After several days of telephonic ping-pong, Adnan Khawaja, the founder of a tech start-up called Ideacentricity, and I finally met at Liberty Chowk in Lahore.
Adnan was promoting his idea of alternative income for rickshaw drivers — a bright, three-by-four-feet ad space at the back of the rickshaw — an opportunity for drivers to generate up to 15,000 rupees of additional, monthly income or even more.
The new hoarding is an improvement on the reflective flex signboard that didn't quite stand out in Lahore’s metropolis of over 8 million people, and consequently failed to attract advertisers. The backlit board, however, is not something one can miss.
Over the next three hours, Adnan and I followed a fleet of 15 rickshaws in his car. As we circled the heart of Gulberg, driving up and down the bustling Main Boulevard and M.M. Alam Road, Adnan re-routed all call-centre queries to his own phone and spoke to interested rickshaw drivers and advertisers.
At various intervals, Adnan also had to fob off local government machinery, looking to make a quick buck. Somehow, while he did all this, he also managed to talk about the inspiration behind Ideacentricity.
"In 2012, I was working with a tech company, heading strategy. One day, while en route to work, I got into an accident that crumpled up my car but luckily left me in one piece. In the immediate aftermath of the accident, I felt safer in a rickshaw than behind the steering wheel."
It was not like Adnan hadn’t sat in a rickshaw before, but in 2012 when he started using rickshaws everyday, he started conversing with rickshaw drivers and soon realised how unpredictable their income was — very much like their lives.
Essentially, wavering income for rickshaw drivers translated to a variety of predicaments, including deferred payments to meet basic expenses, like treating a chronic illness or not affording to pay for their children's schooling.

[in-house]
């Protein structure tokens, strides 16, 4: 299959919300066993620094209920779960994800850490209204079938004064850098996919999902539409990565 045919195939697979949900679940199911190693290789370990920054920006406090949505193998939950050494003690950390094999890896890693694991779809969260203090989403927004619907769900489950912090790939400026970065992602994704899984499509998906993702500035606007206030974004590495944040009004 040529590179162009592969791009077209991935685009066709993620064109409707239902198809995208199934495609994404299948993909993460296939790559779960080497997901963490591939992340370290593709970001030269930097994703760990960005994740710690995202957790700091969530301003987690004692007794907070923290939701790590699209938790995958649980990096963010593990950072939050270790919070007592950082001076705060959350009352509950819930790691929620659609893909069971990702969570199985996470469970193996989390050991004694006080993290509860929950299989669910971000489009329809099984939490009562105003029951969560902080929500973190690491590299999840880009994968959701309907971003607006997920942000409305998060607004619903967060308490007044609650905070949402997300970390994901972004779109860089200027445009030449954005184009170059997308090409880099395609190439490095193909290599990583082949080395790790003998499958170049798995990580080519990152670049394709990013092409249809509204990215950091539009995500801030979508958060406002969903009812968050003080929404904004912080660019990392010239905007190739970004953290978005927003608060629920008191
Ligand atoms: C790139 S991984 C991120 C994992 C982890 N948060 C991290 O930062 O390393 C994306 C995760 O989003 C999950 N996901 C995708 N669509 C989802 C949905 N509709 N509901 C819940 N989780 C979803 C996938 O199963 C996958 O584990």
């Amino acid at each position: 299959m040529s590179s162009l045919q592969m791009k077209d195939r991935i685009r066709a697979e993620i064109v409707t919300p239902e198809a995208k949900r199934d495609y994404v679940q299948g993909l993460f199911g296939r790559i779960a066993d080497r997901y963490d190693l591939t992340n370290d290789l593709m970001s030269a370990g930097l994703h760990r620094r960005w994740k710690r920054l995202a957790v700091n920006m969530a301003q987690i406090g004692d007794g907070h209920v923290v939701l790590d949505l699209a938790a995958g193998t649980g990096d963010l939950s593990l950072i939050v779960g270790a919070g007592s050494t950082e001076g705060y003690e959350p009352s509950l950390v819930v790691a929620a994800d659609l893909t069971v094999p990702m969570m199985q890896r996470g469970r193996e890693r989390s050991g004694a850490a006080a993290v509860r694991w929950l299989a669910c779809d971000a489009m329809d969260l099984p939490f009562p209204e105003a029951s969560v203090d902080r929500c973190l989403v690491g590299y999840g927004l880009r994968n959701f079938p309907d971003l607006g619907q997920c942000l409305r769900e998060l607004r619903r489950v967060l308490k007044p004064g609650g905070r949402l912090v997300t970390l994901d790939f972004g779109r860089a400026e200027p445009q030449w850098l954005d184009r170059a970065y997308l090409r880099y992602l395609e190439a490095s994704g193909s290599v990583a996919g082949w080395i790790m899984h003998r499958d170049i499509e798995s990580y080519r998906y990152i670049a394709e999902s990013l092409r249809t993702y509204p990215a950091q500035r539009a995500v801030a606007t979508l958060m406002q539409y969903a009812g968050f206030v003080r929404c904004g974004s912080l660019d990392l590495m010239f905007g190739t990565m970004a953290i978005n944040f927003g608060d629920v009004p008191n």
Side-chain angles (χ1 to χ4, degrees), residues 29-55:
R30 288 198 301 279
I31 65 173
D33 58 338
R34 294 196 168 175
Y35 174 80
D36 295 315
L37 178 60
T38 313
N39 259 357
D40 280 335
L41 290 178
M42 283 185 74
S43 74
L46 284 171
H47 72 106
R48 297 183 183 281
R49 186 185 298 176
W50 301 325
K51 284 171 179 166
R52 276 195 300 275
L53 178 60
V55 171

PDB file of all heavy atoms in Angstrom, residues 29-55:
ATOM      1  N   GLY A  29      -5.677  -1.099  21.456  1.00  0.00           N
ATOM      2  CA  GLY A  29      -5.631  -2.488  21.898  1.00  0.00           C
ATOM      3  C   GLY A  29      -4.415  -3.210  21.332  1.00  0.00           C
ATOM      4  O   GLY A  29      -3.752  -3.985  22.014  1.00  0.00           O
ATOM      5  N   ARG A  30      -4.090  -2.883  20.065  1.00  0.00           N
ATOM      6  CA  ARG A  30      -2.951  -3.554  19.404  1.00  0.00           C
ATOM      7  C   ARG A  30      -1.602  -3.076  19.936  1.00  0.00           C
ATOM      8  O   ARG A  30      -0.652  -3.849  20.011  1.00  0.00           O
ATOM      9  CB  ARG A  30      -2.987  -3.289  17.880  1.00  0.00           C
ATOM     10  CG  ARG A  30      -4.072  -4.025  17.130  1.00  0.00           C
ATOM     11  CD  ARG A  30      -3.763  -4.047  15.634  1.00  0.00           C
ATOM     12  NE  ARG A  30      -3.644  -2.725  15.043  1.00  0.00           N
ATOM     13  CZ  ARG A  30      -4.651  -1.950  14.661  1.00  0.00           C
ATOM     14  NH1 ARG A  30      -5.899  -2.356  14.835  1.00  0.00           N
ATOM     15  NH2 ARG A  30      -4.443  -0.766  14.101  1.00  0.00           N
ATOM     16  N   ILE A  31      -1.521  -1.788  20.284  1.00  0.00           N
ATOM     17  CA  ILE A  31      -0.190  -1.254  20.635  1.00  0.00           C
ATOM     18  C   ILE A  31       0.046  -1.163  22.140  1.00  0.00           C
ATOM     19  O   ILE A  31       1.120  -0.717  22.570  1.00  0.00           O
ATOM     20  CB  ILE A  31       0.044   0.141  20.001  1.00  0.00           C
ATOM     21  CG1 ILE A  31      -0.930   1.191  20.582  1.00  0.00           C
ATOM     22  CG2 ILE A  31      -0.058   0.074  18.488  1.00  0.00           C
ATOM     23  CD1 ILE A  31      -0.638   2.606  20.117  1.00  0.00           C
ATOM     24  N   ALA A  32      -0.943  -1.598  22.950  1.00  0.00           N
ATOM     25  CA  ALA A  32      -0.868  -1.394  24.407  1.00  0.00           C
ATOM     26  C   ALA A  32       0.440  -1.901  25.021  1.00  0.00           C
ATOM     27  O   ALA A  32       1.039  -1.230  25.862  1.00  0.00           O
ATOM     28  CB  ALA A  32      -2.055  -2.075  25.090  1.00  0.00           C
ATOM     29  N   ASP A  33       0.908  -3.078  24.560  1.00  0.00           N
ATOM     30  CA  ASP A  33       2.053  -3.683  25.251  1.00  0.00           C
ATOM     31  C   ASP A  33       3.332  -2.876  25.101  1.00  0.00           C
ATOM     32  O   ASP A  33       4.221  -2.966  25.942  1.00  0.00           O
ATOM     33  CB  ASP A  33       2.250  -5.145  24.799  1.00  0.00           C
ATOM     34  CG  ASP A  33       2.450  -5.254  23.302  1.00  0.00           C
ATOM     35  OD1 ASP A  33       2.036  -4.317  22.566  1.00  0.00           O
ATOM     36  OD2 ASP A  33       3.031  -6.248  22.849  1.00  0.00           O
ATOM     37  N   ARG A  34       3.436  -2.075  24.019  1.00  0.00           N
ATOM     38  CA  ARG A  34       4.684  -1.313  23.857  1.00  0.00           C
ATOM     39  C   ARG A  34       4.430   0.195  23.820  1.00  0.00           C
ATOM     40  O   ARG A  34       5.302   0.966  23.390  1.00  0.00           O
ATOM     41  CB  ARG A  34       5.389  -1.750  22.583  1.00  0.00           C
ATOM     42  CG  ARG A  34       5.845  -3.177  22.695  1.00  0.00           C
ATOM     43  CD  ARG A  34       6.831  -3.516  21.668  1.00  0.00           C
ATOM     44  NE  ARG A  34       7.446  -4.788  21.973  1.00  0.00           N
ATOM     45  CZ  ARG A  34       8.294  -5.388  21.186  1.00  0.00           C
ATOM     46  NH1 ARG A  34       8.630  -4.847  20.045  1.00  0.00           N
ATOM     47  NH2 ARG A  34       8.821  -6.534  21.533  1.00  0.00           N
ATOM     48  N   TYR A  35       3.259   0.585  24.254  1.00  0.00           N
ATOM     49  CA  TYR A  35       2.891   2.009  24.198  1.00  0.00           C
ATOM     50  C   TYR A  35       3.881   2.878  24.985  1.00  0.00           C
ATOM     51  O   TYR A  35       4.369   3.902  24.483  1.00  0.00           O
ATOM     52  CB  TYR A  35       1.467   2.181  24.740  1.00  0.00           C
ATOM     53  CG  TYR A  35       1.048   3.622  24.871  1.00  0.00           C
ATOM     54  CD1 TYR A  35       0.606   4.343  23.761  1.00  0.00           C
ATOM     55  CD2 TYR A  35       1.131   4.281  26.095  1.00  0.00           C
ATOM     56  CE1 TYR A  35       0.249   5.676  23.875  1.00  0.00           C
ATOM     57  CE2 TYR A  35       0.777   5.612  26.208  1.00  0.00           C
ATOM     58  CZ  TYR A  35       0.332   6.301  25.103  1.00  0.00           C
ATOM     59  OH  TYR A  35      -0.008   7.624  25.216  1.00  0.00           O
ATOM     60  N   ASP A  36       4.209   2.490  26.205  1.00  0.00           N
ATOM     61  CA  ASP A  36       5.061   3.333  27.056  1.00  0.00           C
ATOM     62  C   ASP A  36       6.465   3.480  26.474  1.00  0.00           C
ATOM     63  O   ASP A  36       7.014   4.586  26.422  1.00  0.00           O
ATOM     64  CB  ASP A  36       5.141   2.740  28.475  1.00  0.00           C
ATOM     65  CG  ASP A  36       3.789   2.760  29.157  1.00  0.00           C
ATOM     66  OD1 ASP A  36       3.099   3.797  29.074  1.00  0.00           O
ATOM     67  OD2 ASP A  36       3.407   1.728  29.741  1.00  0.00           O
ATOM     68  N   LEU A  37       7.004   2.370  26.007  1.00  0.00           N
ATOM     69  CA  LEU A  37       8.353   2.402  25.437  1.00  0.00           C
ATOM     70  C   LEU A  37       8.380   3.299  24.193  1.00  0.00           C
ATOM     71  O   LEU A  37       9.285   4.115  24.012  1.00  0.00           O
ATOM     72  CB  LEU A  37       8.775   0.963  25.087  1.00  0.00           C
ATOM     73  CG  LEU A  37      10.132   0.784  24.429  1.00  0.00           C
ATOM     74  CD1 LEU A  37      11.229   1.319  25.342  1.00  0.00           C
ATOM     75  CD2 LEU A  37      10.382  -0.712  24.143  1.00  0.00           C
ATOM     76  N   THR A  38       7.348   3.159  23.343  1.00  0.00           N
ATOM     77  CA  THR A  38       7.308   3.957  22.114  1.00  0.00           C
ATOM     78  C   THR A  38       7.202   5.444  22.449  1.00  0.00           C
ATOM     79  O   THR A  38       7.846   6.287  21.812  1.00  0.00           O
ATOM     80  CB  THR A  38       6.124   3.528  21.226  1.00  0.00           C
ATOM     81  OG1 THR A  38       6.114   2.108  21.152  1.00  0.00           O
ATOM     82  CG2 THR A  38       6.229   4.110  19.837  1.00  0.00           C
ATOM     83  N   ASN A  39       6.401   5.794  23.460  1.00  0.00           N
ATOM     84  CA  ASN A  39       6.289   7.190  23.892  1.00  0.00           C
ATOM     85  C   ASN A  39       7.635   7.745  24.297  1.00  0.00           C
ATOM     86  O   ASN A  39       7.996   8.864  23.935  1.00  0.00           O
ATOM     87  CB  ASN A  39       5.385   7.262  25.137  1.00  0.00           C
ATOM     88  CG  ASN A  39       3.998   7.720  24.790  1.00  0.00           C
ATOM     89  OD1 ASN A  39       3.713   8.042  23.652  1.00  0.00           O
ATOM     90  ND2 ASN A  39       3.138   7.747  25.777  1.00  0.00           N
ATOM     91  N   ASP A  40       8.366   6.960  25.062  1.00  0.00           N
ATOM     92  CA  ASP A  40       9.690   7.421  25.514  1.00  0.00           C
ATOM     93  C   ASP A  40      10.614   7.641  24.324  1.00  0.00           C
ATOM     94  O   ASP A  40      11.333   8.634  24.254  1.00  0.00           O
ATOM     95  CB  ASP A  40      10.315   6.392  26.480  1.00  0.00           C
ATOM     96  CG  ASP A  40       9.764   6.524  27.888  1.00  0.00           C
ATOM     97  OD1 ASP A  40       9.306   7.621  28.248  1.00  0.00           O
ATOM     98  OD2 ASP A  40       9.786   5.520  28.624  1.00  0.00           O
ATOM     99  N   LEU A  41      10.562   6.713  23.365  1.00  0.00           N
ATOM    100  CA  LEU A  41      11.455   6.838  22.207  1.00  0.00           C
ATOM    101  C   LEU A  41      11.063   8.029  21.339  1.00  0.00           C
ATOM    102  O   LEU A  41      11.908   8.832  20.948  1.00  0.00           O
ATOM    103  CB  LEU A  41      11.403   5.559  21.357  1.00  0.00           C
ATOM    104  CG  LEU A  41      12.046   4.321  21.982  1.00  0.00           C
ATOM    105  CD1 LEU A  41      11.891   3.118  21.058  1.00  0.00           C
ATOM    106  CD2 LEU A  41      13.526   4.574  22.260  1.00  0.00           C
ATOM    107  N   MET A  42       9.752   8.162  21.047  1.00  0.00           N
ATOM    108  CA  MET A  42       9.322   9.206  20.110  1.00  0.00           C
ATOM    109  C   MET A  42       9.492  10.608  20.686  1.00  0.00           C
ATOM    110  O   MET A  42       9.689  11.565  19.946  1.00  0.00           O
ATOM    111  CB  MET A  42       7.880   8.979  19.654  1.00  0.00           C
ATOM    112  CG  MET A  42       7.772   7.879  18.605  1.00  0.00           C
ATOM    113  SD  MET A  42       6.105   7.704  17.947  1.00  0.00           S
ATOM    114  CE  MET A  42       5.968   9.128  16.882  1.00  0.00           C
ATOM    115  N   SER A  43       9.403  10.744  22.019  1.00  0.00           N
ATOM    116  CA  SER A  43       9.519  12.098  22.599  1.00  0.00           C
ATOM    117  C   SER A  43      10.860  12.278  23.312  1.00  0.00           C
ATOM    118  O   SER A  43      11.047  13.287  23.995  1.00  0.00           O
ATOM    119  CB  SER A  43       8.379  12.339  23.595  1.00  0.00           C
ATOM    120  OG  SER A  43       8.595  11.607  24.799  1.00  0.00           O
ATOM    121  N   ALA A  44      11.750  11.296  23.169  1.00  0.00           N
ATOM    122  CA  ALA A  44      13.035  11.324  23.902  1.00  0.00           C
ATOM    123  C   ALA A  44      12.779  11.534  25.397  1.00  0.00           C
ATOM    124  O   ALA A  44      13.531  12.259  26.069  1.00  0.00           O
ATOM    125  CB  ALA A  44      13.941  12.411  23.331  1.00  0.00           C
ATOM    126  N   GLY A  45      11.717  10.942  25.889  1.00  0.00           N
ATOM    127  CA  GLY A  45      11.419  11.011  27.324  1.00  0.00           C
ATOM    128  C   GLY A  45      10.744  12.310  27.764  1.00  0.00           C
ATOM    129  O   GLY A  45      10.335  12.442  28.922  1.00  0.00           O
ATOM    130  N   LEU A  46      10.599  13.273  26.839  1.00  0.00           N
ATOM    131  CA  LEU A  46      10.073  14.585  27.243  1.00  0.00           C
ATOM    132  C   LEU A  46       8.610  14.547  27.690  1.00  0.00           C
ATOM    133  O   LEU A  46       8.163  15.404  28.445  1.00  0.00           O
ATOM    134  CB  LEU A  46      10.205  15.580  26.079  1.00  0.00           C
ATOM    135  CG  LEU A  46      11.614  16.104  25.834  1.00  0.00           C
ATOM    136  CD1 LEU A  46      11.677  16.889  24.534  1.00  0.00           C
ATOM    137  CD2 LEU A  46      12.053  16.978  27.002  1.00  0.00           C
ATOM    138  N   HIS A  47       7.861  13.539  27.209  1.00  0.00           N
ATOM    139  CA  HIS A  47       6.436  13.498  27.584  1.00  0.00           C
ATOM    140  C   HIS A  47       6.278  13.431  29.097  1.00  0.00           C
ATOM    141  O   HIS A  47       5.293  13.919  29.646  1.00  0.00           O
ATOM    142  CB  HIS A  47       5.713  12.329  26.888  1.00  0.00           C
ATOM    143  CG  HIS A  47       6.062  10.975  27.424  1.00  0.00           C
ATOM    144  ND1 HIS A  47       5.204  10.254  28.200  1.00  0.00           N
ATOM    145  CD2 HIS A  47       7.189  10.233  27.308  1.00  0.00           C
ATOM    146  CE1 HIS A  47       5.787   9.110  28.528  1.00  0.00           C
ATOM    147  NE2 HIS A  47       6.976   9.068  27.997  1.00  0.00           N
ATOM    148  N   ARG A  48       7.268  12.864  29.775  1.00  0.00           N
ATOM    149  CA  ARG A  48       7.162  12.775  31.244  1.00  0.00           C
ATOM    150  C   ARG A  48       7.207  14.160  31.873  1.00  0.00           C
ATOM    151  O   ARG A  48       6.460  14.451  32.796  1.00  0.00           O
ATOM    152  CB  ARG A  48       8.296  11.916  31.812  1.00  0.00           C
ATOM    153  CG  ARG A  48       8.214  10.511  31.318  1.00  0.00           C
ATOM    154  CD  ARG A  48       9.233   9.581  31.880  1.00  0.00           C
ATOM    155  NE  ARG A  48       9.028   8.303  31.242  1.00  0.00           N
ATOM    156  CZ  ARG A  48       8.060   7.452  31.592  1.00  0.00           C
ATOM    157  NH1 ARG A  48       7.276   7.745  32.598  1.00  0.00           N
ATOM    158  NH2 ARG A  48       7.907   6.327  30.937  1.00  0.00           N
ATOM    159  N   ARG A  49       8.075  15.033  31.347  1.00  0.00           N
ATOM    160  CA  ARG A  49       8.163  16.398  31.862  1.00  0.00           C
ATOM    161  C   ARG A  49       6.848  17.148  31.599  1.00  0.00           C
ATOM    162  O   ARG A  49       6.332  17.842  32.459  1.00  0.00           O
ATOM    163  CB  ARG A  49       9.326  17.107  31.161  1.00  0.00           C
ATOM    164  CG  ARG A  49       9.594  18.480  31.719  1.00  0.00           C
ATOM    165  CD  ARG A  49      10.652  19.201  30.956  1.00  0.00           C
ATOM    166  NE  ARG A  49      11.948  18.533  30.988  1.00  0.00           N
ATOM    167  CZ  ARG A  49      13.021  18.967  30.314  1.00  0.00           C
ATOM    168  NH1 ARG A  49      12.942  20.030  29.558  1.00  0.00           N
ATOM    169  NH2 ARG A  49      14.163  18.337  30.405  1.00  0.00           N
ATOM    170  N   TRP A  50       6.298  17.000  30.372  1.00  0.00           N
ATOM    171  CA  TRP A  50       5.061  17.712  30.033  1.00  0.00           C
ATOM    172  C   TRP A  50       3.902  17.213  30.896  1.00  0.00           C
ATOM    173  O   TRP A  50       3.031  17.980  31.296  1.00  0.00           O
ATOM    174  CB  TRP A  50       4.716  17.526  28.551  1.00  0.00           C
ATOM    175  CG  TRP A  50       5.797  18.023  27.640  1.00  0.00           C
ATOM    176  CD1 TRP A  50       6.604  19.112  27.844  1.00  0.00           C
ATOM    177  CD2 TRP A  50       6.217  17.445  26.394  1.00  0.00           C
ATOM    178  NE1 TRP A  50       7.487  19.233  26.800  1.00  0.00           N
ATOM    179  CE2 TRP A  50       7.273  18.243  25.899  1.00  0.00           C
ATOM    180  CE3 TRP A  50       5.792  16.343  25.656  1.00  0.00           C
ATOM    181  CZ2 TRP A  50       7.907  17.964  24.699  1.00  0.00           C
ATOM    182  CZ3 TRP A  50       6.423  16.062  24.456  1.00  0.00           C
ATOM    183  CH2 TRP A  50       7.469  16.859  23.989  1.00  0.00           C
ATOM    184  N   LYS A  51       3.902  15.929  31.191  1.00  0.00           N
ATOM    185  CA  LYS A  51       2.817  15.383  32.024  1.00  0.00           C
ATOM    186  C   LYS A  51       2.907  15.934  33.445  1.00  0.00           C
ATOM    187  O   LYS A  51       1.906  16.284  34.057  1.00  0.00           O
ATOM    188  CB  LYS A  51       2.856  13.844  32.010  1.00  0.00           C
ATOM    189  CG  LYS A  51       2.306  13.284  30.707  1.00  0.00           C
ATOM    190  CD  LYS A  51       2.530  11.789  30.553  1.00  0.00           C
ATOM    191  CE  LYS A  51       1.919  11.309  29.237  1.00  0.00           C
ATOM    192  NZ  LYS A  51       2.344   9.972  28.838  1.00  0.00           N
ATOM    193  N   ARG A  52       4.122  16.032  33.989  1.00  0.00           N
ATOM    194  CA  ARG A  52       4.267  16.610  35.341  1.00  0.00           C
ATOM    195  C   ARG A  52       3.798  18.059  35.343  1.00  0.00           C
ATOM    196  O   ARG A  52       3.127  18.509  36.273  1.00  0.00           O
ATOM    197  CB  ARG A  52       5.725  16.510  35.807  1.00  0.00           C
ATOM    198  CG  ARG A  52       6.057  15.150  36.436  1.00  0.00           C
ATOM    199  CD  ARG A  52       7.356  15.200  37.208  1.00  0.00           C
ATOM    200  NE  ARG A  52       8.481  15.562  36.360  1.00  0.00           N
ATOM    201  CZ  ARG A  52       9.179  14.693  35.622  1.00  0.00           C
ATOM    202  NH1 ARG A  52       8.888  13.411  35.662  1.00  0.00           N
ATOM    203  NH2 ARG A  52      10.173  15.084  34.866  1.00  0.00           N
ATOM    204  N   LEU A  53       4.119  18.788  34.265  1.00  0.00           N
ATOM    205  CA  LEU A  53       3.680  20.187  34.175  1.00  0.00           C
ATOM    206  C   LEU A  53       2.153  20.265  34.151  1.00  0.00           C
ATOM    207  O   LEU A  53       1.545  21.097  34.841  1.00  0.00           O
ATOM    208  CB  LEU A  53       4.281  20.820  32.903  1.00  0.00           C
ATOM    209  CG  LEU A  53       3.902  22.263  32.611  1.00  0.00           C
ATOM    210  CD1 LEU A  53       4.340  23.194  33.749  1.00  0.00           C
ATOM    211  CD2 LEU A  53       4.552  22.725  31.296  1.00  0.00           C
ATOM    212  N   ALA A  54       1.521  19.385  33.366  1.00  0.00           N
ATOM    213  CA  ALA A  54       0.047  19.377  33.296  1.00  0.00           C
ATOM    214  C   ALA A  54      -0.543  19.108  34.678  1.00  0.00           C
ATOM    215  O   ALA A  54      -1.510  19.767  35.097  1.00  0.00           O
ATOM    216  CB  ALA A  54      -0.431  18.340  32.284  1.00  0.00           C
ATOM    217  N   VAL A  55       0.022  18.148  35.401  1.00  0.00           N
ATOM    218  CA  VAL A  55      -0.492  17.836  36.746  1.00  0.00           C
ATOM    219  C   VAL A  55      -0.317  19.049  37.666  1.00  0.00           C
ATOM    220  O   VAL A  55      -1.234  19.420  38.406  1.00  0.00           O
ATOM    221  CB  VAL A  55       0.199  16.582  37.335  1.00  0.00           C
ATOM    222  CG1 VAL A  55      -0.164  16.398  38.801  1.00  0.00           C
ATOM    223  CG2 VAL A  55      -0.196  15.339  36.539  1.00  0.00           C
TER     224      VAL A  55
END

The stress of not being able to meet basic expenses often resulted in ruthless competition between rickshaw drivers on the streets, which included the ills of cartel control, and restricted access to new entrants in a traditional marketplace.
When Adnan realised all this, he started gleaning lessons from his professional experience in the mobile network industry and deliberated about ways to reduce uncertainty in low-income groups. He subsequently quit his day job to explore plausible business solutions.
In the days ahead, his journey was anything but straightforward. To begin with, Adnan’s father, who was already an established entrepreneur, remained skeptical about his son’s plan to ‘rescue’ rickshaw drivers. His persistent solicitation to ‘consider other business ideas’ gnawed at Adnan’s confidence. And very much like the start, the rest of Adnan’s journey was like a mixed whirlpool of validations and disapprovals.
Luckily for Adnan, he found a business ally in his wife, Hina, who readily became the co-founder of Ideacentricity. As a former Cherry-Blair fellow, she was already ideologically aligned with her husband.
Today, Adnan likes to think of her as the ‘warrior’ in the team; the relentless task master who keeps the engine running. And he considers himself the balancing ‘visionary’ — someone who is rigid on the destination but flexible on the journey.